Disagreement! Controversy! Thrust and Counter-Thrust!

I'm surprised to find myself disagreeing with you so unreservedly on Superchunk -- an issue on which we have in the past been almost boringly in sync, to the point of my knowing with absolute certainty that you would, when I asked you, name "European Medicine" as the best song on Indoor Living.

I'll agree, up to a point, that lyrically, their later songs are no more "mature" than their early ones (although: "Phone Sex." "Art Class." "Silverleaf and Snowy Tears." Could you see any of these, just lyrics-wise, appearing on any album released before the mid-90s?) But I think it's pretty clear that their music has matured musically. Many of the early songs are little more than punk fragments, whose only obvious instrumentation is a few loud guitars and some drumming. Even the bass is barely audible. The guitars on the later albums -- I'm thinking of Here's Where the Strings Come in, Indoor Living, and Here's to Shutting Up -- feel way more textured, and you can hear the bass a lot better. Most important, there's a lot of keyboard-playing. And his voice is no longer screechy and indecipherable, but rather falsetto and quite precise.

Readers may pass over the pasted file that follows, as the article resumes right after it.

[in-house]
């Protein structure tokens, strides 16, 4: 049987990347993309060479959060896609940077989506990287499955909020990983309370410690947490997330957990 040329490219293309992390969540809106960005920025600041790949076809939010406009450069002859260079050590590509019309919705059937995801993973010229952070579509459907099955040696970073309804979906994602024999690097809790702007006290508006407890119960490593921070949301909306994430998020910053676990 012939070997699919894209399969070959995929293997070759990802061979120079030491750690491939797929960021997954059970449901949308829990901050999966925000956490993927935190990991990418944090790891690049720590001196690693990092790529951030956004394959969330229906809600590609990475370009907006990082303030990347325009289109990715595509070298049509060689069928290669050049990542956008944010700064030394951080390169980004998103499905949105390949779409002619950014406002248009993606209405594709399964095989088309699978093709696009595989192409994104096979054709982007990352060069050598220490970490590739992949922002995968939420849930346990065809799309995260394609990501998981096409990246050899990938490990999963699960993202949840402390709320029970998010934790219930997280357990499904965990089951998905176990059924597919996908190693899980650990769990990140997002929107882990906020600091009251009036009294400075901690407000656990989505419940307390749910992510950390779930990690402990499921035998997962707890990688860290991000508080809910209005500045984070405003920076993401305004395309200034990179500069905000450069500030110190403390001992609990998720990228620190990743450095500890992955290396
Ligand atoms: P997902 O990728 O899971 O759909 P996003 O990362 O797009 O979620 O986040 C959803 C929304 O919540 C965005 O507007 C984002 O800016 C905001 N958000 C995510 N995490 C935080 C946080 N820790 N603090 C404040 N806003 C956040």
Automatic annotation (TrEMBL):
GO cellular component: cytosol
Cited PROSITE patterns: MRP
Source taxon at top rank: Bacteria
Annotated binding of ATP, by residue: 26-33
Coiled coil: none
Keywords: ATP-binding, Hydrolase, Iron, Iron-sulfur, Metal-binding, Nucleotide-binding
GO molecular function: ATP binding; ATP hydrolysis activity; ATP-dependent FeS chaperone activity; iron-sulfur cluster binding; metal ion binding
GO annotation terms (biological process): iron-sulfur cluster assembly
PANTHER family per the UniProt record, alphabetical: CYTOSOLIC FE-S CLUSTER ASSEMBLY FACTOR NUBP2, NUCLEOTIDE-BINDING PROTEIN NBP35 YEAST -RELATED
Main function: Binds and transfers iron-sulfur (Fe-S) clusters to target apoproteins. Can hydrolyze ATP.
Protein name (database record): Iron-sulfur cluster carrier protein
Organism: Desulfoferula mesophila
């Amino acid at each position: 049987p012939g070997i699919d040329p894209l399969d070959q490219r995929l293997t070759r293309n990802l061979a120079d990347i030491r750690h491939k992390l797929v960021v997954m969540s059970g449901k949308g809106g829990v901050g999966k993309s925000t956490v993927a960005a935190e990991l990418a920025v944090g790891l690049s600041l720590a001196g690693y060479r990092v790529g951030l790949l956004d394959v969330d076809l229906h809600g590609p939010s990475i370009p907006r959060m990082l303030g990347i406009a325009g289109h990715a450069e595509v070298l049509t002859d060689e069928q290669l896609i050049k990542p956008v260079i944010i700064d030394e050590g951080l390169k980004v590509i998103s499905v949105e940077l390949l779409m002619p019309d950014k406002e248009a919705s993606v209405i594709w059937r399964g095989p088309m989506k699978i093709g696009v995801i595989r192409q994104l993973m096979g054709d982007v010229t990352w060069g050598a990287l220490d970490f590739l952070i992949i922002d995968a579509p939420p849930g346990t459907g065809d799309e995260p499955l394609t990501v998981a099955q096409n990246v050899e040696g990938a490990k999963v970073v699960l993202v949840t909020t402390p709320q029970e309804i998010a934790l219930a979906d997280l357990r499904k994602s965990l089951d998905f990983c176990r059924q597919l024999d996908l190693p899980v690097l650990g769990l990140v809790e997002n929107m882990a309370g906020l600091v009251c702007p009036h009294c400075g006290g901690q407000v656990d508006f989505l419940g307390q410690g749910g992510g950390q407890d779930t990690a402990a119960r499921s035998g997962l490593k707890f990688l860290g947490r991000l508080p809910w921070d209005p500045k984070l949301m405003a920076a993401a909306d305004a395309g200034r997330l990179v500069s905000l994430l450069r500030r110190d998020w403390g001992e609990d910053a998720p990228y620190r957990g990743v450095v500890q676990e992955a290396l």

This later style is not just different, it's more mature (and, I'd argue, better). It feels richer, more nuanced, more thoughtful, more serious. The albums feel like fully realized art works, rather than raw, tossed-off musings that they didn't have the patience to fully develop. These are all qualities that we associate with aging, and maturity.

Maybe you're talking more about style than substance here -- the jumping around, the jeans, the songs they choose to play live, etc. In which case, you know, fine. But I sense you're making a broader point...